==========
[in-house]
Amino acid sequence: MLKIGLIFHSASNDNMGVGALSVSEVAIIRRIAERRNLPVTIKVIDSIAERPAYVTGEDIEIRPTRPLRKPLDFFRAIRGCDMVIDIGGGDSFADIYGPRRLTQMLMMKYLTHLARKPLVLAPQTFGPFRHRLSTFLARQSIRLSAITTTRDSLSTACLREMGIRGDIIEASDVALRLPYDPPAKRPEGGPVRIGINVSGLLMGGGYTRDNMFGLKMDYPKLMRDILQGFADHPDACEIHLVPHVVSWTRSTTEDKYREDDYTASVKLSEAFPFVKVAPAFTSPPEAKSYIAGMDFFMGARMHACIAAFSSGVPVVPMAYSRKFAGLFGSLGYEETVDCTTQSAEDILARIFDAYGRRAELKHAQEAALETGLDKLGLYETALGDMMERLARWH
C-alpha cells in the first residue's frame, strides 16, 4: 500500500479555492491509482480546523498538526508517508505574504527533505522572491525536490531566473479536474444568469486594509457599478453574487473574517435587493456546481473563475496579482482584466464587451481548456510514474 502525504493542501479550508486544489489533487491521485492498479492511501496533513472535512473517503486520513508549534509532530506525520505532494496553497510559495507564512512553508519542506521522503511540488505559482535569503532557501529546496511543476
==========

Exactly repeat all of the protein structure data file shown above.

[in-house]
Amino acid sequence: MLKIGLIFHSASNDNMGVGALSVSEVAIIRRIAERRNLPVTIKVIDSIAERPAYVTGEDIEIRPTRPLRKPLDFFRAIRGCDMVIDIGGGDSFADIYGPRRLTQMLMMKYLTHLARKPLVLAPQTFGPFRHRLSTFLARQSIRLSAITTTRDSLSTACLREMGIRGDIIEASDVALRLPYDPPAKRPEGGPVRIGINVSGLLMGGGYTRDNMFGLKMDYPKLMRDILQGFADHPDACEIHLVPHVVSWTRSTTEDKYREDDYTASVKLSEAFPFVKVAPAFTSPPEAKSYIAGMDFFMGARMHACIAAFSSGVPVVPMAYSRKFAGLFGSLGYEETVDCTTQSAEDILARIFDAYGRRAELKHAQEAALETGLDKLGLYETALGDMMERLARWH
C-alpha cells in the first residue's frame, strides 16, 4: 500500500479555492491509482480546523498538526508517508505574504527533505522572491525536490531566473479536474444568469486594509457599478453574487473574517435587493456546481473563475496579482482584466464587451481548456510514474 502525504493542501479550508486544489489533487491521485492498479492511501496533513472535512473517503486520513508549534509532530506525520505532494496553497510559495507564512512553508519542506521522503511540488505559482535569503532557501529546496511543476